If you’d like to know more about me and my writing, please visit my website at www.alisonroseknight.com and if you want to find out what Jenny and I are up to as Imagine… see www.imaginecreativewriting.co.uk

Many thanks Alison! Always great to have you pop by.

Don’t forget to come back tomorrow to find out what Jenny Harper is going to share with us.

Happy reading,

Jenny x

Guest Post from Karl Drinkwater: Thinking Manchester in the year 2000…

I’m delighted to welcome Karl Drinkwater to my blog today to chat about his writing, and the influence the city of Manchester has had on his words. Why not put your feet up for five minutes and join us for a chat?

Karl Drinkwater

Hi Karl, where are you from?

I’m originally from Manchester. Therefore I grew up miserable. This gradually softened to a perpetual grumpiness and a desire to create a better world through fiction. I now live in Wales. It’s like Manchester with hills and greenery.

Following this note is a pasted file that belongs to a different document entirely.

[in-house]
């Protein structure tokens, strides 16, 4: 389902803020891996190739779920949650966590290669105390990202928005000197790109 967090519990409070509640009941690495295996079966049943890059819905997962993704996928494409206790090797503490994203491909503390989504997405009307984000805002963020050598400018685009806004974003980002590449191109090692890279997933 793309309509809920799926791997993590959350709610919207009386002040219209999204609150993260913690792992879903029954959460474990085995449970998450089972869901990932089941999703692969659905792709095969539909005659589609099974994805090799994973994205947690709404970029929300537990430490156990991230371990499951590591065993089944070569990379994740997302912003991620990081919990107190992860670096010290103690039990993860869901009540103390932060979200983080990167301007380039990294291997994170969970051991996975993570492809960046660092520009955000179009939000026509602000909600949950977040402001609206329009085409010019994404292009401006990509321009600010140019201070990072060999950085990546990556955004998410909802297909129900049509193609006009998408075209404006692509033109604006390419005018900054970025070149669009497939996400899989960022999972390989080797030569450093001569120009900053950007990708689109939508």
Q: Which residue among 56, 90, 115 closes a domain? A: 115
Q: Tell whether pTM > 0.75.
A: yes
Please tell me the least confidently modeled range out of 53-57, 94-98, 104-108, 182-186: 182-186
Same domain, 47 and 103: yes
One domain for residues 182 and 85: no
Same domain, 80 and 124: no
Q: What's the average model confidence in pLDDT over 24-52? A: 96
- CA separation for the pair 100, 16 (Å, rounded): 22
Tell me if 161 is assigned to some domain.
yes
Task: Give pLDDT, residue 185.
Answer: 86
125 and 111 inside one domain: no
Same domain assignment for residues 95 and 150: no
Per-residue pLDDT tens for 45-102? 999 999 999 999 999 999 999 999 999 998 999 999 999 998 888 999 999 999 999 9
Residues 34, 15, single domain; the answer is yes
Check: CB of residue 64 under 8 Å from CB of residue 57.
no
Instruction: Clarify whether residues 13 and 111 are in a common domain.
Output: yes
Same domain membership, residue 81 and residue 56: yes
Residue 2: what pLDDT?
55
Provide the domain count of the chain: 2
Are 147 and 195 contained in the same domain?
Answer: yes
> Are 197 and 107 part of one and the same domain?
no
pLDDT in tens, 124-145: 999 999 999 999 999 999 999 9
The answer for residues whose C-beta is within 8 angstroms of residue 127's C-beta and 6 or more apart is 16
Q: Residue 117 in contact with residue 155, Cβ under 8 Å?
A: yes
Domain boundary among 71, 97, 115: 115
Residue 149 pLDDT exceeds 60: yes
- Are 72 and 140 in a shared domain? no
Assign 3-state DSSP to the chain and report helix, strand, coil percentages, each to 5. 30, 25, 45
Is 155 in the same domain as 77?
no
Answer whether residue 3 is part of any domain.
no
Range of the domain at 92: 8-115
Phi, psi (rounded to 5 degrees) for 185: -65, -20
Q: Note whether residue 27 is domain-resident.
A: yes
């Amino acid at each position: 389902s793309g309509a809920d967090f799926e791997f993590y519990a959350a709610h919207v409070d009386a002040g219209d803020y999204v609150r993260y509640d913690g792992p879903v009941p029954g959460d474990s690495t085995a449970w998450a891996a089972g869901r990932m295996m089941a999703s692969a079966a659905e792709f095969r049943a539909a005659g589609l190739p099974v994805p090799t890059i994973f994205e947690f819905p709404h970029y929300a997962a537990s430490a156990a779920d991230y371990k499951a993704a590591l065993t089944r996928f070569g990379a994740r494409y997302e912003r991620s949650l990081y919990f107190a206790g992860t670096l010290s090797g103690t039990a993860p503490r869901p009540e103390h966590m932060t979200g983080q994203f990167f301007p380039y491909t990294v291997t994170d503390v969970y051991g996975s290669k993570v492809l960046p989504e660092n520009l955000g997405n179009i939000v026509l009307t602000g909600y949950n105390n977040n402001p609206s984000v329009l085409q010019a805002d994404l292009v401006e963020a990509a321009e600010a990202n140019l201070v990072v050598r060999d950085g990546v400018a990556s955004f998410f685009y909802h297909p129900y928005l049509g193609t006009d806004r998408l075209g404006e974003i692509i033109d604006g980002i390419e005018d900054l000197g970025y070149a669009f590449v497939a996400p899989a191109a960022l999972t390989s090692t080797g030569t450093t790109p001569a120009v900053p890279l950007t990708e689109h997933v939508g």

Manchester (1)

Which books did you want to talk about today?

Cold Fusion 2000, and 2000 Tunes. They were my most recent novels, both set in Manchester in the year 2000, shortly after I left for Wales. When you leave a place you see it in a different light, the good and the bad. And you see yourself in a different light too. A teeny bit of that will bleed between the covers.

Karl Drinkwater ColdWhat inspired you to write the books?

I think I was getting things out of my system with these books. They’re love letters to Manchester, its music, its city, whilst also being critical of some aspects. And they’re also more traditional love stories after a fashion, about nerds and difficult people being able to find love and happiness and contentment. Both books are set in the same summer with crossover places, themes, situations and characters that sometimes mirror each other.